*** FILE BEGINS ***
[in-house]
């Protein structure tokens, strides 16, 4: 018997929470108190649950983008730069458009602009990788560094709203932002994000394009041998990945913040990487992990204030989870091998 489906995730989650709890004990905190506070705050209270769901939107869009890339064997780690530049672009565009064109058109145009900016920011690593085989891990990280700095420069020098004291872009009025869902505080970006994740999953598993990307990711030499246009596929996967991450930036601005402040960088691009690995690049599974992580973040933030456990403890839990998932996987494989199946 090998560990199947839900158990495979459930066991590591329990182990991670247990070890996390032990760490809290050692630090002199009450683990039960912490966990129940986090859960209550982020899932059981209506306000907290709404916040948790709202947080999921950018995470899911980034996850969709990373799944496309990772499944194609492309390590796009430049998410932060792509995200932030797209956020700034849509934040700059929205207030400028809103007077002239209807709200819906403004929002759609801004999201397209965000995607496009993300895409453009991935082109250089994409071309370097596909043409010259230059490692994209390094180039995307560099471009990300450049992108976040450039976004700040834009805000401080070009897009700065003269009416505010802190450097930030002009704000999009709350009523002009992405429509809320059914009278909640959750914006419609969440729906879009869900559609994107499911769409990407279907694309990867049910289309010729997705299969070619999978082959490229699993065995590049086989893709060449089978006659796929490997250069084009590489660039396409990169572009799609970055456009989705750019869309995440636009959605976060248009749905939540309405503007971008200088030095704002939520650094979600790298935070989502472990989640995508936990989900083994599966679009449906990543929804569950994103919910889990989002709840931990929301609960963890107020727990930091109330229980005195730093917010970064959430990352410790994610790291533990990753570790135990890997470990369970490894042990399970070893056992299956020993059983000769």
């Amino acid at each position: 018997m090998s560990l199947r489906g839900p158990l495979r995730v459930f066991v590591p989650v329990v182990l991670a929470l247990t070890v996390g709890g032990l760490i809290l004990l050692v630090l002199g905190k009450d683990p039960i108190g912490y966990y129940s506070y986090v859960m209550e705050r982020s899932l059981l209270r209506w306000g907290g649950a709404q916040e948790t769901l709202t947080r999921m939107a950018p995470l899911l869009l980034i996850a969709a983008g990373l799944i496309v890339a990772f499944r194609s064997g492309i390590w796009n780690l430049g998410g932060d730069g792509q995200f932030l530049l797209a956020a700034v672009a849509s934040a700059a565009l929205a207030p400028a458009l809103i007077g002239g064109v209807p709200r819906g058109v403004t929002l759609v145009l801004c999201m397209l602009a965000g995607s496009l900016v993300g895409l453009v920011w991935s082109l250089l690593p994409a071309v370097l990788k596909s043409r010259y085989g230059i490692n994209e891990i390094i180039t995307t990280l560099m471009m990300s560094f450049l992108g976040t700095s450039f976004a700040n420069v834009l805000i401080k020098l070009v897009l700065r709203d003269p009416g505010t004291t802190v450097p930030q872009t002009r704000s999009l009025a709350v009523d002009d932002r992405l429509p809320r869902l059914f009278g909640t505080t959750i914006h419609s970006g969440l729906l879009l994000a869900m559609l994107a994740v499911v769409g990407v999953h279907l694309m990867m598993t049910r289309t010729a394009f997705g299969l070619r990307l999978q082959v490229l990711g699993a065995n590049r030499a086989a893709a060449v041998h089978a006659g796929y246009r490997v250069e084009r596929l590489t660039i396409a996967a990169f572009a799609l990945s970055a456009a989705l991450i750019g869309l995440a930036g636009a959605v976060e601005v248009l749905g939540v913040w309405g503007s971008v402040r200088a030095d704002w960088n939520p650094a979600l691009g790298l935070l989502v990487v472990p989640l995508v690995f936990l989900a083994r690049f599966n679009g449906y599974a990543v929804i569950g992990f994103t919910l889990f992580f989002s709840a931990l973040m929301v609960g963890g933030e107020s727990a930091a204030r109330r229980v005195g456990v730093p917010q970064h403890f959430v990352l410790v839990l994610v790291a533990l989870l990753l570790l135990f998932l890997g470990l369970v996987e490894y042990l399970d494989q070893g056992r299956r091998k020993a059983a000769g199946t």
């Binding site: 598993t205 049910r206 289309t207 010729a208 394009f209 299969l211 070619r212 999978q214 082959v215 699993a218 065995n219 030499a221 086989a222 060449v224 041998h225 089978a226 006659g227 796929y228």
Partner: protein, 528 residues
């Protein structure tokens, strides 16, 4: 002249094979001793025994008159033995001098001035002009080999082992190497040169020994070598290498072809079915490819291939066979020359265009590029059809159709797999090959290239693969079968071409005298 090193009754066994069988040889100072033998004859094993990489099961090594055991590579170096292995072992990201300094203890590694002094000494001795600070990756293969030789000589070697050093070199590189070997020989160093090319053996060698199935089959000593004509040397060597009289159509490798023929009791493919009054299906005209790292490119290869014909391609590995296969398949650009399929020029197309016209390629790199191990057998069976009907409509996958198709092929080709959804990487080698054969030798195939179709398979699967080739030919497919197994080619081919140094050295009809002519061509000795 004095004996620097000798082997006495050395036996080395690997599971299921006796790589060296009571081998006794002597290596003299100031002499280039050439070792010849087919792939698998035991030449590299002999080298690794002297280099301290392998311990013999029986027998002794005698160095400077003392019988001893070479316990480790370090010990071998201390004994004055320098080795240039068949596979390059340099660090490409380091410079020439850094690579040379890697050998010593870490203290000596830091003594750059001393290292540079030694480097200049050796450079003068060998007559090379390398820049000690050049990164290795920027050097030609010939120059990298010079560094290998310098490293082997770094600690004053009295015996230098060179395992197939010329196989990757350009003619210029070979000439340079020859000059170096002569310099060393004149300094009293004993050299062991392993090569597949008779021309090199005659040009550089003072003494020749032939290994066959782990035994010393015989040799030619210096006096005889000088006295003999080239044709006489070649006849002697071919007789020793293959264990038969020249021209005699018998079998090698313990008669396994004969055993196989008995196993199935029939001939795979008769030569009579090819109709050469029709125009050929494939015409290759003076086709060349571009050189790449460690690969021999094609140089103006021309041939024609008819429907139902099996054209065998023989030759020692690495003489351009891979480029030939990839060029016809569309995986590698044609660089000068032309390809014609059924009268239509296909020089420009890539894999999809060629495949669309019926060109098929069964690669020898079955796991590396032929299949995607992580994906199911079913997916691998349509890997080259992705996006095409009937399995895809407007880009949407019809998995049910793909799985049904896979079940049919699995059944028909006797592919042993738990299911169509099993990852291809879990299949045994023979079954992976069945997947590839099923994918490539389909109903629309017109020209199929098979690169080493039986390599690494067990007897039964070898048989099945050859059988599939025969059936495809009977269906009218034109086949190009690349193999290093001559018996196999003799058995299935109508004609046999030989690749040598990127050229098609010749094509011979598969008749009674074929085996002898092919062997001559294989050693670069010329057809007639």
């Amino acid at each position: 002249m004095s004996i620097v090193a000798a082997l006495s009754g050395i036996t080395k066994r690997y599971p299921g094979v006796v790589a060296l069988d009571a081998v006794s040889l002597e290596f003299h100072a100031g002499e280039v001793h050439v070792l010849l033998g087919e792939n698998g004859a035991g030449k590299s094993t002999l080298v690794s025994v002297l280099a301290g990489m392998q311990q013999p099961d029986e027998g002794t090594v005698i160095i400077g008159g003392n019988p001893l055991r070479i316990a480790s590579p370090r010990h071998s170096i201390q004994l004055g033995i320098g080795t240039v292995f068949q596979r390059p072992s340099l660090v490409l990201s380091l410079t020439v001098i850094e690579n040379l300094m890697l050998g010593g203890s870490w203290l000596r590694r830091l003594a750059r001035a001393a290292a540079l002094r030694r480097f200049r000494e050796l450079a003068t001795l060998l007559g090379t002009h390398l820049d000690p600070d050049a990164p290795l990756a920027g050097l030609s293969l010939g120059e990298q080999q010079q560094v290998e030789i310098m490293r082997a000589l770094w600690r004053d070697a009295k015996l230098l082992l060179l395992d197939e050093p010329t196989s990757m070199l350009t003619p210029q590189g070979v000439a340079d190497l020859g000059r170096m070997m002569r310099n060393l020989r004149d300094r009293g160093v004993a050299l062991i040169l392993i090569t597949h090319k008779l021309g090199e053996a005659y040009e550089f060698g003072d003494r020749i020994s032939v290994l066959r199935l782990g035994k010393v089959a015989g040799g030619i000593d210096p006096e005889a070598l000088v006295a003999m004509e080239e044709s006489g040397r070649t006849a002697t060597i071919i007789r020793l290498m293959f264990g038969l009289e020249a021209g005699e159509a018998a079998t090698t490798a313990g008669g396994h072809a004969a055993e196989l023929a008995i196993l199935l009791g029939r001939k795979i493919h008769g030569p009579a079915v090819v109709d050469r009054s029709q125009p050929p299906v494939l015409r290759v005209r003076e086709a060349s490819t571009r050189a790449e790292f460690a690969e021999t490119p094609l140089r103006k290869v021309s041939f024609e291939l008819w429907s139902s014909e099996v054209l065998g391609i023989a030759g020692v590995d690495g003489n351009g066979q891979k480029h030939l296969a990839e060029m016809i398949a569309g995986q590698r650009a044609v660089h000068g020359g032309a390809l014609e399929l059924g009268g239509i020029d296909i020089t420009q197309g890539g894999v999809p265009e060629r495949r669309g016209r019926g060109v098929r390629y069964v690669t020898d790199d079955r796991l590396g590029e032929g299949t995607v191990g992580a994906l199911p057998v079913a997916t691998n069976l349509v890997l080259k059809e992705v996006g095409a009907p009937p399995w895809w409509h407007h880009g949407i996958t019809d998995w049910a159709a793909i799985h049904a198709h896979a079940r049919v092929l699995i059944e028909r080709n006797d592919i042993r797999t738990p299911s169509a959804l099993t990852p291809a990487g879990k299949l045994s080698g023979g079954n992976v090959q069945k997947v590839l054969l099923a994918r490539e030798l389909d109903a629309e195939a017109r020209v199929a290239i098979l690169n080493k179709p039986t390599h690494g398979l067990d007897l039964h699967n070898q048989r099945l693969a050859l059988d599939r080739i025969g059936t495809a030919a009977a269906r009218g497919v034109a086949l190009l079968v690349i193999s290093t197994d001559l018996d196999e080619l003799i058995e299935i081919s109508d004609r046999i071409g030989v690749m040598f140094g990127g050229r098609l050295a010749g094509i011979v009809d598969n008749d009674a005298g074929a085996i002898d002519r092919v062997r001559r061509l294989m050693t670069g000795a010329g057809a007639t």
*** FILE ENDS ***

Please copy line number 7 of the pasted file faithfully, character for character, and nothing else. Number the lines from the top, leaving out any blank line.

């Amino acid at each position: 002249m004095s004996i620097v090193a000798a082997l006495s009754g050395i036996t080395k066994r690997y599971p299921g094979v006796v790589a060296l069988d009571a081998v006794s040889l002597e290596f003299h100072a100031g002499e280039v001793h050439v070792l010849l033998g087919e792939n698998g004859a035991g030449k590299s094993t002999l080298v690794s025994v002297l280099a301290g990489m392998q311990q013999p099961d029986e027998g002794t090594v005698i160095i400077g008159g003392n019988p001893l055991r070479i316990a480790s590579p370090r010990h071998s170096i201390q004994l004055g033995i320098g080795t240039v292995f068949q596979r390059p072992s340099l660090v490409l990201s380091l410079t020439v001098i850094e690579n040379l300094m890697l050998g010593g203890s870490w203290l000596r590694r830091l003594a750059r001035a001393a290292a540079l002094r030694r480097f200049r000494e050796l450079a003068t001795l060998l007559g090379t002009h390398l820049d000690p600070d050049a990164p290795l990756a920027g050097l030609s293969l010939g120059e990298q080999q010079q560094v290998e030789i310098m490293r082997a000589l770094w600690r004053d070697a009295k015996l230098l082992l060179l395992d197939e050093p010329t196989s990757m070199l350009t003619p210029q590189g070979v000439a340079d190497l020859g000059r170096m070997m002569r310099n060393l020989r004149d300094r009293g160093v004993a050299l062991i040169l392993i090569t597949h090319k008779l021309g090199e053996a005659y040009e550089f060698g003072d003494r020749i020994s032939v290994l066959r199935l782990g035994k010393v089959a015989g040799g030619i000593d210096p006096e005889a070598l000088v006295a003999m004509e080239e044709s006489g040397r070649t006849a002697t060597i071919i007789r020793l290498m293959f264990g038969l009289e020249a021209g005699e159509a018998a079998t090698t490798a313990g008669g396994h072809a004969a055993e196989l023929a008995i196993l199935l009791g029939r001939k795979i493919h008769g030569p009579a079915v090819v109709d050469r009054s029709q125009p050929p299906v494939l015409r290759v005209r003076e086709a060349s490819t571009r050189a790449e790292f460690a690969e021999t490119p094609l140089r103006k290869v021309s041939f024609e291939l008819w429907s139902s014909e099996v054209l065998g391609i023989a030759g020692v590995d690495g003489n351009g066979q891979k480029h030939l296969a990839e060029m016809i398949a569309g995986q590698r650009a044609v660089h000068g020359g032309a390809l014609e399929l059924g009268g239509i020029d296909i020089t420009q197309g890539g894999v999809p265009e060629r495949r669309g016209r019926g060109v098929r390629y069964v690669t020898d790199d079955r796991l590396g590029e032929g299949t995607v191990g992580a994906l199911p057998v079913a997916t691998n069976l349509v890997l080259k059809e992705v996006g095409a009907p009937p399995w895809w409509h407007h880009g949407i996958t019809d998995w049910a159709a793909i799985h049904a198709h896979a079940r049919v092929l699995i059944e028909r080709n006797d592919i042993r797999t738990p299911s169509a959804l099993t990852p291809a990487g879990k299949l045994s080698g023979g079954n992976v090959q069945k997947v590839l054969l099923a994918r490539e030798l389909d109903a629309e195939a017109r020209v199929a290239i098979l690169n080493k179709p039986t390599h690494g398979l067990d007897l039964h699967n070898q048989r099945l693969a050859l059988d599939r080739i025969g059936t495809a030919a009977a269906r009218g497919v034109a086949l190009l079968v690349i193999s290093t197994d001559l018996d196999e080619l003799i058995e299935i081919s109508d004609r046999i071409g030989v690749m040598f140094g990127g050229r098609l050295a010749g094509i011979v009809d598969n008749d009674a005298g074929a085996i002898d002519r092919v062997r001559r061509l294989m050693t670069g000795a010329g057809a007639t």